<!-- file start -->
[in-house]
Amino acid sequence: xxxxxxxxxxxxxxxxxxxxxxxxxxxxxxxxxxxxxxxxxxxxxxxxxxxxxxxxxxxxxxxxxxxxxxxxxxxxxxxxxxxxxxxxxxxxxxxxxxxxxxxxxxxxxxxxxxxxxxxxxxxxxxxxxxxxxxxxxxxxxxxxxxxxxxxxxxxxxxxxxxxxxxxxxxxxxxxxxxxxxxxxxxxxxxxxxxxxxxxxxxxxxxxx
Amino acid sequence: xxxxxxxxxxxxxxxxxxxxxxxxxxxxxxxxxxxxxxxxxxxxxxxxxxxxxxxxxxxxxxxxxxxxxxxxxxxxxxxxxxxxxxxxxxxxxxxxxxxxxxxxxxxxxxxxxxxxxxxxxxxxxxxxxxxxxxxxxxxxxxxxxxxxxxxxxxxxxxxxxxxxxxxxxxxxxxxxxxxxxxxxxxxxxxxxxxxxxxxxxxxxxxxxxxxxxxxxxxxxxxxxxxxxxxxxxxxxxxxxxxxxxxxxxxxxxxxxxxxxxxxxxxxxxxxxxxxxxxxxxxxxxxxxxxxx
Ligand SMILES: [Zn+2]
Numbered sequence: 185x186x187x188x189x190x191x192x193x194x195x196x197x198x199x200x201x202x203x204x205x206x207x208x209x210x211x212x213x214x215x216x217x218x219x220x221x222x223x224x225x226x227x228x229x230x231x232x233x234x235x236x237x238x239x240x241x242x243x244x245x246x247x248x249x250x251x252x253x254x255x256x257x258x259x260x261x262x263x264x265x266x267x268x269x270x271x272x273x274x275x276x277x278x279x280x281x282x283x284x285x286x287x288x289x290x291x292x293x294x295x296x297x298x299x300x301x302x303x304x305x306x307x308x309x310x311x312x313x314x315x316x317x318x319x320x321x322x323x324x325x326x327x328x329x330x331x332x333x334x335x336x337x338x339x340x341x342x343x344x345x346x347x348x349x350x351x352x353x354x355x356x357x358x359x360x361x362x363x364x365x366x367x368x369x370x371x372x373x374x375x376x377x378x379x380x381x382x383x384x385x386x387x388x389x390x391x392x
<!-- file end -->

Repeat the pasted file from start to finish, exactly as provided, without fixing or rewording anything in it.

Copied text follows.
[in-house]
Amino acid sequence: xxxxxxxxxxxxxxxxxxxxxxxxxxxxxxxxxxxxxxxxxxxxxxxxxxxxxxxxxxxxxxxxxxxxxxxxxxxxxxxxxxxxxxxxxxxxxxxxxxxxxxxxxxxxxxxxxxxxxxxxxxxxxxxxxxxxxxxxxxxxxxxxxxxxxxxxxxxxxxxxxxxxxxxxxxxxxxxxxxxxxxxxxxxxxxxxxxxxxxxxxxxxxxxx
Amino acid sequence: xxxxxxxxxxxxxxxxxxxxxxxxxxxxxxxxxxxxxxxxxxxxxxxxxxxxxxxxxxxxxxxxxxxxxxxxxxxxxxxxxxxxxxxxxxxxxxxxxxxxxxxxxxxxxxxxxxxxxxxxxxxxxxxxxxxxxxxxxxxxxxxxxxxxxxxxxxxxxxxxxxxxxxxxxxxxxxxxxxxxxxxxxxxxxxxxxxxxxxxxxxxxxxxxxxxxxxxxxxxxxxxxxxxxxxxxxxxxxxxxxxxxxxxxxxxxxxxxxxxxxxxxxxxxxxxxxxxxxxxxxxxxxxxxxxxx
Ligand SMILES: [Zn+2]
Numbered sequence: 185x186x187x188x189x190x191x192x193x194x195x196x197x198x199x200x201x202x203x204x205x206x207x208x209x210x211x212x213x214x215x216x217x218x219x220x221x222x223x224x225x226x227x228x229x230x231x232x233x234x235x236x237x238x239x240x241x242x243x244x245x246x247x248x249x250x251x252x253x254x255x256x257x258x259x260x261x262x263x264x265x266x267x268x269x270x271x272x273x274x275x276x277x278x279x280x281x282x283x284x285x286x287x288x289x290x291x292x293x294x295x296x297x298x299x300x301x302x303x304x305x306x307x308x309x310x311x312x313x314x315x316x317x318x319x320x321x322x323x324x325x326x327x328x329x330x331x332x333x334x335x336x337x338x339x340x341x342x343x344x345x346x347x348x349x350x351x352x353x354x355x356x357x358x359x360x361x362x363x364x365x366x367x368x369x370x371x372x373x374x375x376x377x378x379x380x381x382x383x384x385x386x387x388x389x390x391x392x